The US has pledged to spend $100m to wipe out human trafficking.
Thousands of people are working illegally in Asian nations
John Miller, director of the US State Department's anti-people trafficking office, said the trade in humans was a "modern-day form of slavery".
During a visit to Indonesia, he said people trafficking was an abuse of human rights and provided income for international criminal gangs.
The US estimates that at least 800,000 people a year are trafficked across international borders.
Victims are often duped by organised gangs offering well paid jobs in the West. When they arrive, having already paid large sums of money to the traffickers, they are threatened with exposure to the immigration authorities and forced to work for a pittance.
In many cases, woman and children are forced to work as prostitutes.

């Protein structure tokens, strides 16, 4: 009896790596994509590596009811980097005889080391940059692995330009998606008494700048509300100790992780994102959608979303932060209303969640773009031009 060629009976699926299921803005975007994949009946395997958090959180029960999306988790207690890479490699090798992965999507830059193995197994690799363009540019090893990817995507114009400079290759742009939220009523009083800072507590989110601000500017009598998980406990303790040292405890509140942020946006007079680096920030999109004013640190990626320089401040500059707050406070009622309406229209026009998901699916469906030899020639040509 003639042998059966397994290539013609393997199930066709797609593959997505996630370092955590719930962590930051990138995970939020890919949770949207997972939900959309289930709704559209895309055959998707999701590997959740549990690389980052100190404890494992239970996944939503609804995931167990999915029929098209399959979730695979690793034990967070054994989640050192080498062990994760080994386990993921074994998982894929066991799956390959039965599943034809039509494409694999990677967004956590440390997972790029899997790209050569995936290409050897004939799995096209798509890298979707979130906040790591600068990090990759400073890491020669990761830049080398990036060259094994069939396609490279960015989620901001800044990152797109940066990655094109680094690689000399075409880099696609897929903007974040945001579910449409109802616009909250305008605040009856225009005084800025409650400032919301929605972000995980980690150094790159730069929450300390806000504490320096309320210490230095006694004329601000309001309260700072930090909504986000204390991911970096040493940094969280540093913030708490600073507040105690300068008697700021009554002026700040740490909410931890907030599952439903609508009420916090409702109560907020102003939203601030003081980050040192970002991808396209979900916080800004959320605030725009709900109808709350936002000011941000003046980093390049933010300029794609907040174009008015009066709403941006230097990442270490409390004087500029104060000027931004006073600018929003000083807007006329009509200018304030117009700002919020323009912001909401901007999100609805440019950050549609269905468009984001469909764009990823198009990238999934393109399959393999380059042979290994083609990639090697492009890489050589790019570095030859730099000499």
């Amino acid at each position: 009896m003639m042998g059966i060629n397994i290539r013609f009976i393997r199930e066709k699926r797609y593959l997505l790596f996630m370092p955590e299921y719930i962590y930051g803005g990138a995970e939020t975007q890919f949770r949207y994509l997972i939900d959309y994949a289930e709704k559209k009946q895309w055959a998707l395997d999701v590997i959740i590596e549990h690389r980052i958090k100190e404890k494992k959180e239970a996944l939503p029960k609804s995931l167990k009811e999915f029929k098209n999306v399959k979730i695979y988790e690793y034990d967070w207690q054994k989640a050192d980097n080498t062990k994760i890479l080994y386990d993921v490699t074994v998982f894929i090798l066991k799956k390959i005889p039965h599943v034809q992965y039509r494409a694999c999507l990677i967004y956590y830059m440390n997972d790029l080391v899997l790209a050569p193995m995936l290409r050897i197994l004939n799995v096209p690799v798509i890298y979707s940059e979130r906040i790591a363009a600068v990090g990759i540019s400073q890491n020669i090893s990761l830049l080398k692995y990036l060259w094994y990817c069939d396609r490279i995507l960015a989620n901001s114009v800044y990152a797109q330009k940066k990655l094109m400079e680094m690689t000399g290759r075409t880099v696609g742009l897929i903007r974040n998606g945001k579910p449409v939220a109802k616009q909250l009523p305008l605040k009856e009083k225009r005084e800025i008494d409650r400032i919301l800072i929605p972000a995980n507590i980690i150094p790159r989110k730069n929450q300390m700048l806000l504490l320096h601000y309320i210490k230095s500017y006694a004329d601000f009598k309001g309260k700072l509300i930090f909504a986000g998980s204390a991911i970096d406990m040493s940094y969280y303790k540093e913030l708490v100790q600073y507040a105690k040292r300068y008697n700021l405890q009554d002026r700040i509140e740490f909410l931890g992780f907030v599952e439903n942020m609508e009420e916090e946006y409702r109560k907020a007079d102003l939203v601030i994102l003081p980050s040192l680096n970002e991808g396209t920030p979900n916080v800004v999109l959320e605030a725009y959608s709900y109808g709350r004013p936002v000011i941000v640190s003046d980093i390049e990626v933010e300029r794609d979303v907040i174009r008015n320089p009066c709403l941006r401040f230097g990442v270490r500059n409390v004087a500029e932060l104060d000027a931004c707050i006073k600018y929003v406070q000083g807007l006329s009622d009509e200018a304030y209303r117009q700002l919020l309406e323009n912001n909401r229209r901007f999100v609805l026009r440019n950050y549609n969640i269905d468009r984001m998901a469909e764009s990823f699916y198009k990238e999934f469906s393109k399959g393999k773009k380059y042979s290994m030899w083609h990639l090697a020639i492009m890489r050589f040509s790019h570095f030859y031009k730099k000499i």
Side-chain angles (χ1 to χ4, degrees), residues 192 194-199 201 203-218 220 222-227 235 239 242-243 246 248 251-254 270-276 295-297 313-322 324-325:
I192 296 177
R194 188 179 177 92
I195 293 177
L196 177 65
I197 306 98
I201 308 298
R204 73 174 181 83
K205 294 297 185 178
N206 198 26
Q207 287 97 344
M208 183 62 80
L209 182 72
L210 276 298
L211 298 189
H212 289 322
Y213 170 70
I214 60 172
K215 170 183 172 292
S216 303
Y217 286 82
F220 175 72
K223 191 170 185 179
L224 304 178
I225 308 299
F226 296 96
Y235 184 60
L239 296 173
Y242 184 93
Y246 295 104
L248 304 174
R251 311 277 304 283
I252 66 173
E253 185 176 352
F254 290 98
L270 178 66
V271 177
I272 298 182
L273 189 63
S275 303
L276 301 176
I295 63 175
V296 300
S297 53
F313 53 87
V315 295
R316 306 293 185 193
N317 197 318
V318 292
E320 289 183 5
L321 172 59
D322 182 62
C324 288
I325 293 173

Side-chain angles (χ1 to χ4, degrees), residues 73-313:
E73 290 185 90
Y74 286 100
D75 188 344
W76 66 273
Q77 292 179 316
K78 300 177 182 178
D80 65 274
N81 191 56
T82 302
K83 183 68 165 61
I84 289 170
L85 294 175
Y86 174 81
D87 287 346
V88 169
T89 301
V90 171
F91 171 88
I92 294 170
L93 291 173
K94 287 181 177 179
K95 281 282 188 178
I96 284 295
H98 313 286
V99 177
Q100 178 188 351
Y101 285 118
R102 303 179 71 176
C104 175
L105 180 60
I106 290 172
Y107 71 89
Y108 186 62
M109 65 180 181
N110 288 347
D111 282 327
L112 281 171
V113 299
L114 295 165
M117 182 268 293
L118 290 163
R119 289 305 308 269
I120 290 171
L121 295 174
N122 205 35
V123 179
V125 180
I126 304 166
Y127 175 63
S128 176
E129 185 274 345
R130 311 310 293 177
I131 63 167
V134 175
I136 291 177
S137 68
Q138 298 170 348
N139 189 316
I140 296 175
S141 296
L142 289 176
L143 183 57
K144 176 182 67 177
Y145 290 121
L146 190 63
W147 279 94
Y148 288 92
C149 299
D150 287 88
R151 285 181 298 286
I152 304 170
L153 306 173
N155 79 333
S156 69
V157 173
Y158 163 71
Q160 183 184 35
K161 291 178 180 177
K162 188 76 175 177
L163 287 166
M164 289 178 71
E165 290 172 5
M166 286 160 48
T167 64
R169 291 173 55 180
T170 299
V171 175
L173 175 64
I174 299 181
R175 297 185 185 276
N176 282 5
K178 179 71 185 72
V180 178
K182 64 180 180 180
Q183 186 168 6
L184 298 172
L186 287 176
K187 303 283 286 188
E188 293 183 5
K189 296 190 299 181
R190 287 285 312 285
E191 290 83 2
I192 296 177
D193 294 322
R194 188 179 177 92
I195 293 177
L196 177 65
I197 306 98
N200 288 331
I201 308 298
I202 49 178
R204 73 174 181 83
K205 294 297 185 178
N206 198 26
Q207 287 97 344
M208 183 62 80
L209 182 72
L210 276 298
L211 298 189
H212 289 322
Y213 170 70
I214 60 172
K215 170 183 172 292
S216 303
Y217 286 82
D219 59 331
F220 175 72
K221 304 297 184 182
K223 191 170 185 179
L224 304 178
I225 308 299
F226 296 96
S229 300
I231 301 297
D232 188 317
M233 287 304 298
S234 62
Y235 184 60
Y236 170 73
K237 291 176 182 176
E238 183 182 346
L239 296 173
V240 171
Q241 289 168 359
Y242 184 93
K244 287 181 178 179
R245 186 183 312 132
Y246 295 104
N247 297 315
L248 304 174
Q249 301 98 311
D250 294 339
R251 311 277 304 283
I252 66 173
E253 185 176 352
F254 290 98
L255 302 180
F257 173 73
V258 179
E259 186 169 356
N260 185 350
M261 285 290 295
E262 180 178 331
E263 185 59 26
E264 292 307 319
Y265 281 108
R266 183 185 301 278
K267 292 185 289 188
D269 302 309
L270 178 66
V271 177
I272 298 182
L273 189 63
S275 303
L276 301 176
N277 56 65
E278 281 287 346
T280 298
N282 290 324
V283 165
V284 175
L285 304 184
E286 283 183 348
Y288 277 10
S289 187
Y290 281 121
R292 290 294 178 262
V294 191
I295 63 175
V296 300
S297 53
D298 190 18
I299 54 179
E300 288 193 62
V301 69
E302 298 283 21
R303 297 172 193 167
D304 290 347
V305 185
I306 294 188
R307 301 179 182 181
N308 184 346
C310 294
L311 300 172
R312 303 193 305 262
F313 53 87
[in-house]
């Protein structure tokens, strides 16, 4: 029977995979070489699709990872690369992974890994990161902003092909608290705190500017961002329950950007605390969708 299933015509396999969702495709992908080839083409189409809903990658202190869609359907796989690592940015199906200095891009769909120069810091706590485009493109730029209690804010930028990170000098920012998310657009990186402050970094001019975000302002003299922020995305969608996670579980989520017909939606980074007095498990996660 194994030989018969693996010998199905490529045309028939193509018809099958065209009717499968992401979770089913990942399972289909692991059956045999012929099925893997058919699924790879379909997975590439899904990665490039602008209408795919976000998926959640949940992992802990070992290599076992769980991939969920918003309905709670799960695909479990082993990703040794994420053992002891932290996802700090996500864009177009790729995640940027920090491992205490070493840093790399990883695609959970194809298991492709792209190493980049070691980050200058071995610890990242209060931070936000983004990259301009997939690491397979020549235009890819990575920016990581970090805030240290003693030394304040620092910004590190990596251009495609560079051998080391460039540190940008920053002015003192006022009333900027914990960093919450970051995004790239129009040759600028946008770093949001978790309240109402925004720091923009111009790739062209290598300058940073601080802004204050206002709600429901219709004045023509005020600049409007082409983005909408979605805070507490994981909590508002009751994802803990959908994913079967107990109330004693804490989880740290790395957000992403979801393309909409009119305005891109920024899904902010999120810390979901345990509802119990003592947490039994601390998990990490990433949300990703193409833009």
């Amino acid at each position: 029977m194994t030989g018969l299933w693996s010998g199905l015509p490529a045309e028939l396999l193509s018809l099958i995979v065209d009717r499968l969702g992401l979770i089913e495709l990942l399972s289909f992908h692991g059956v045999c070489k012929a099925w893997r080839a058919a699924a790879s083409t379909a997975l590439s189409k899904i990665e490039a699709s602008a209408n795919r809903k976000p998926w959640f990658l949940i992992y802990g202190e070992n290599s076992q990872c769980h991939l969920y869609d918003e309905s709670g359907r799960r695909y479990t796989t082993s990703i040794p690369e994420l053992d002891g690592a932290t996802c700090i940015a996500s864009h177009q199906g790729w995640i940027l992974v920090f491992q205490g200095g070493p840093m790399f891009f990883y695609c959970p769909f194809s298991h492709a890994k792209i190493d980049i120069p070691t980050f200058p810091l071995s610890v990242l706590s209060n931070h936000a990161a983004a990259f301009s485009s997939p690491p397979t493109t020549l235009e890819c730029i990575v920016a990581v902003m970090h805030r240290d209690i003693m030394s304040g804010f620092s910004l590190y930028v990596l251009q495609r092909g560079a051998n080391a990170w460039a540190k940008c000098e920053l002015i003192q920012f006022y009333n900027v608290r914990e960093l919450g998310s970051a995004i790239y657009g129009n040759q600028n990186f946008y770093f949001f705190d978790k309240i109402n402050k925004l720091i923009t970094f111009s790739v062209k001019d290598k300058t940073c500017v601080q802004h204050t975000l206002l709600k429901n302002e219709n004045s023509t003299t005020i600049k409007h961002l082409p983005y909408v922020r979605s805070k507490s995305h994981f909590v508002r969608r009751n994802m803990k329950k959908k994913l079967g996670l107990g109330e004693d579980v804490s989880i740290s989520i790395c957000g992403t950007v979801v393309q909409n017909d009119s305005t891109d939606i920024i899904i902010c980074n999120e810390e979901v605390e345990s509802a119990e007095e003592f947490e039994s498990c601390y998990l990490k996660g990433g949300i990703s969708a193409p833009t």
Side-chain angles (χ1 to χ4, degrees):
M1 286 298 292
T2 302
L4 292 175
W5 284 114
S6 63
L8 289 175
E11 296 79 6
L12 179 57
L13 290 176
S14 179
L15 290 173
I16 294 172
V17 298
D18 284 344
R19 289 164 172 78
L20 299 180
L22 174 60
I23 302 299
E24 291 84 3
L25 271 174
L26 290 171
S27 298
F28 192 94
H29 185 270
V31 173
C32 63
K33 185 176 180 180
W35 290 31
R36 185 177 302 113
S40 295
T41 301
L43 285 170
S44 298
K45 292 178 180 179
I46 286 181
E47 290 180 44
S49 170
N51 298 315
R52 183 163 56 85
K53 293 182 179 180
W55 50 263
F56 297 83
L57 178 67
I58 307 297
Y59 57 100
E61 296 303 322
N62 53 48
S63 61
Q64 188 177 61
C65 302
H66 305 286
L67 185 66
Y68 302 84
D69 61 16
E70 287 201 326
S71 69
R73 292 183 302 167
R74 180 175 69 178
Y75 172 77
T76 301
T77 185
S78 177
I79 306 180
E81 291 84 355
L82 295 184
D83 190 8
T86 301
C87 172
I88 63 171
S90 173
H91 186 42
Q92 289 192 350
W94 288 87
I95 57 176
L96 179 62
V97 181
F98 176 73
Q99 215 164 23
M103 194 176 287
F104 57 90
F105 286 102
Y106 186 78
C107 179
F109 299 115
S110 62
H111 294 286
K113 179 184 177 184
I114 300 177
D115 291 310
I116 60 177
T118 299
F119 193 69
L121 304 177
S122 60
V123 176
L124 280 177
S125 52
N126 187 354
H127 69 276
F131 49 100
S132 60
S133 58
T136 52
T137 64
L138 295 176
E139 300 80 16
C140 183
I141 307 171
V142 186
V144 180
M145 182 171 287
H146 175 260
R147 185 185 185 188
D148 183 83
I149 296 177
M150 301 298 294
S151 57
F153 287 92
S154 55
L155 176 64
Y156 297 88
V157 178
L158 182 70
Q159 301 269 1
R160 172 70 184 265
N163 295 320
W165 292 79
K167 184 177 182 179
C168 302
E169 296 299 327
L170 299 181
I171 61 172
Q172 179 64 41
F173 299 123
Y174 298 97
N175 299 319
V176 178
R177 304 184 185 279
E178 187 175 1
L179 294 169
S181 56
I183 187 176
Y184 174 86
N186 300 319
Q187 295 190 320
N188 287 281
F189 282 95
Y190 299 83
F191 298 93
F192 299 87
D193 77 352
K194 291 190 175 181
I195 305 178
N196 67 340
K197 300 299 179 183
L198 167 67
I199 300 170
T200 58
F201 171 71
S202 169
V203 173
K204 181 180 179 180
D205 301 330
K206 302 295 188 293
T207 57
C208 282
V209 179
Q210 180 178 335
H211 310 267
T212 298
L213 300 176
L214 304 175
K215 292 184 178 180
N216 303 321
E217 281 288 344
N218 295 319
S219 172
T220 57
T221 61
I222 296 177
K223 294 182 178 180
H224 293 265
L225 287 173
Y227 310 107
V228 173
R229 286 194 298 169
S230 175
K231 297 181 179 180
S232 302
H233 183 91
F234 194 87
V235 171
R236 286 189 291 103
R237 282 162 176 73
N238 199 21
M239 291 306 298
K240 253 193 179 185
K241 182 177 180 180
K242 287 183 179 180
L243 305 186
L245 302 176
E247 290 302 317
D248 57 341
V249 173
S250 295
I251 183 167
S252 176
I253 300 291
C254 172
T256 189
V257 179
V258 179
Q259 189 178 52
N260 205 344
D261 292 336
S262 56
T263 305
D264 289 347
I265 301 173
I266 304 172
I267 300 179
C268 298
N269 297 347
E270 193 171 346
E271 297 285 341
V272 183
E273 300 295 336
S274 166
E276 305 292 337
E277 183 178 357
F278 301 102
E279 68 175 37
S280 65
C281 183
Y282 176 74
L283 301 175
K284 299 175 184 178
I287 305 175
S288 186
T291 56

Mr Miller said countries that qualified for the US anti-trafficking fund would get money for law enforcement training, education and assistance to victims.
During a visit to a hospital in the Indonesian capital Jakarta, which treats trafficking victims, Mr Miller praised Indonesia's efforts to end people smuggling. But he urged the government to pass anti-trafficking legislation that has been pending since last year.
"I understand the president and government support this
legislation," he said. "I hope the legislation is passed in the next few months."
From Indonesia, Mr Miller headed to Malaysia. His tour will also take in Singapore, Cambodia, and Japan.